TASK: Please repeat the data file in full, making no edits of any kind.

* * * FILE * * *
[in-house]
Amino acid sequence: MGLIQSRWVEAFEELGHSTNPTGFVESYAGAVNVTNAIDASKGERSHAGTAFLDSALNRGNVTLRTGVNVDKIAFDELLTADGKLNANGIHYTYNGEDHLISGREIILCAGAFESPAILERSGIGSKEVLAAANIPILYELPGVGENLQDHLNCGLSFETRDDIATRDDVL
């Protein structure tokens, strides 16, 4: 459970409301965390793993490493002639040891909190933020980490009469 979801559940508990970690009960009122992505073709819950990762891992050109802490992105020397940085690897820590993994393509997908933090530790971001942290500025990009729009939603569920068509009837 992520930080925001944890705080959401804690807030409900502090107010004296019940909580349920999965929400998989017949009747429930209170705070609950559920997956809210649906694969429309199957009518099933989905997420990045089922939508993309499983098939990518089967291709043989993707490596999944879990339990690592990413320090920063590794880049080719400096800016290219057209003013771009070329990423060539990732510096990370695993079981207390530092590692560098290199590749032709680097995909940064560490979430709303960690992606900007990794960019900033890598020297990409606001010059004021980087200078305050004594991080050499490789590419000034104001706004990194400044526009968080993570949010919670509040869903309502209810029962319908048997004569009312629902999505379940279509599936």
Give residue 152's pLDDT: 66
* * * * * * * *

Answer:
[in-house]
Amino acid sequence: MGLIQSRWVEAFEELGHSTNPTGFVESYAGAVNVTNAIDASKGERSHAGTAFLDSALNRGNVTLRTGVNVDKIAFDELLTADGKLNANGIHYTYNGEDHLISGREIILCAGAFESPAILERSGIGSKEVLAAANIPILYELPGVGENLQDHLNCGLSFETRDDIATRDDVL
């Protein structure tokens, strides 16, 4: 459970409301965390793993490493002639040891909190933020980490009469 979801559940508990970690009960009122992505073709819950990762891992050109802490992105020397940085690897820590993994393509997908933090530790971001942290500025990009729009939603569920068509009837 992520930080925001944890705080959401804690807030409900502090107010004296019940909580349920999965929400998989017949009747429930209170705070609950559920997956809210649906694969429309199957009518099933989905997420990045089922939508993309499983098939990518089967291709043989993707490596999944879990339990690592990413320090920063590794880049080719400096800016290219057209003013771009070329990423060539990732510096990370695993079981207390530092590692560098290199590749032709680097995909940064560490979430709303960690992606900007990794960019900033890598020297990409606001010059004021980087200078305050004594991080050499490789590419000034104001706004990194400044526009968080993570949010919670509040869903309502209810029962319908048997004569009312629902999505379940279509599936």
Give residue 152's pLDDT: 66